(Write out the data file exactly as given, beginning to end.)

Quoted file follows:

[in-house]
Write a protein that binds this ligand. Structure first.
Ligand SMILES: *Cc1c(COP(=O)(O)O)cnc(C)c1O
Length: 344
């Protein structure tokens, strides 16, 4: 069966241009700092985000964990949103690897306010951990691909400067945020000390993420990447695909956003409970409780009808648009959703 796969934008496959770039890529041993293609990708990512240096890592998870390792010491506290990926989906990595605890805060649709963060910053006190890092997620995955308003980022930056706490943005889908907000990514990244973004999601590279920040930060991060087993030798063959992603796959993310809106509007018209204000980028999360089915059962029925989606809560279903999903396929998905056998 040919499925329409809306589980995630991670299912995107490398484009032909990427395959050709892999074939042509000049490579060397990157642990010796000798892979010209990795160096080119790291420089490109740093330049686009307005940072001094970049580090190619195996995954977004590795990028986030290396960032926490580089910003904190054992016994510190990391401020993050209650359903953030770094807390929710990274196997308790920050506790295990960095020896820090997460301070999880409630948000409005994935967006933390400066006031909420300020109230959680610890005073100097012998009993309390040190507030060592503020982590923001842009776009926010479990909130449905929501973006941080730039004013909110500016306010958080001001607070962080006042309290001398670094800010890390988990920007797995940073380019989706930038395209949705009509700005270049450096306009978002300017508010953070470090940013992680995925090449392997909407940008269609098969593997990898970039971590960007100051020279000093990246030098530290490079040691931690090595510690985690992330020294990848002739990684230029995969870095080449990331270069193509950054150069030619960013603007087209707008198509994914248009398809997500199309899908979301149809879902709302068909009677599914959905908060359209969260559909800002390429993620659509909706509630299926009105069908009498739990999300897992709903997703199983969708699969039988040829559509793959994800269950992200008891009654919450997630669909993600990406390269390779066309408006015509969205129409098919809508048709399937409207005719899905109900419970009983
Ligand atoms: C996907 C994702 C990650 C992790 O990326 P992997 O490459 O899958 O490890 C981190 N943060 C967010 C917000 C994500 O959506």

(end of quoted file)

[in-house]
Write a protein that binds this ligand. Structure first.
Ligand SMILES: *Cc1c(COP(=O)(O)O)cnc(C)c1O
Length: 344
């Protein structure tokens, strides 16, 4: 069966241009700092985000964990949103690897306010951990691909400067945020000390993420990447695909956003409970409780009808648009959703 796969934008496959770039890529041993293609990708990512240096890592998870390792010491506290990926989906990595605890805060649709963060910053006190890092997620995955308003980022930056706490943005889908907000990514990244973004999601590279920040930060991060087993030798063959992603796959993310809106509007018209204000980028999360089915059962029925989606809560279903999903396929998905056998 040919499925329409809306589980995630991670299912995107490398484009032909990427395959050709892999074939042509000049490579060397990157642990010796000798892979010209990795160096080119790291420089490109740093330049686009307005940072001094970049580090190619195996995954977004590795990028986030290396960032926490580089910003904190054992016994510190990391401020993050209650359903953030770094807390929710990274196997308790920050506790295990960095020896820090997460301070999880409630948000409005994935967006933390400066006031909420300020109230959680610890005073100097012998009993309390040190507030060592503020982590923001842009776009926010479990909130449905929501973006941080730039004013909110500016306010958080001001607070962080006042309290001398670094800010890390988990920007797995940073380019989706930038395209949705009509700005270049450096306009978002300017508010953070470090940013992680995925090449392997909407940008269609098969593997990898970039971590960007100051020279000093990246030098530290490079040691931690090595510690985690992330020294990848002739990684230029995969870095080449990331270069193509950054150069030619960013603007087209707008198509994914248009398809997500199309899908979301149809879902709302068909009677599914959905908060359209969260559909800002390429993620659509909706509630299926009105069908009498739990999300897992709903997703199983969708699969039988040829559509793959994800269950992200008891009654919450997630669909993600990406390269390779066309408006015509969205129409098919809508048709399937409207005719899905109900419970009983
Ligand atoms: C996907 C994702 C990650 C992790 O990326 P992997 O490459 O899958 O490890 C981190 N943060 C967010 C917000 C994500 O959506």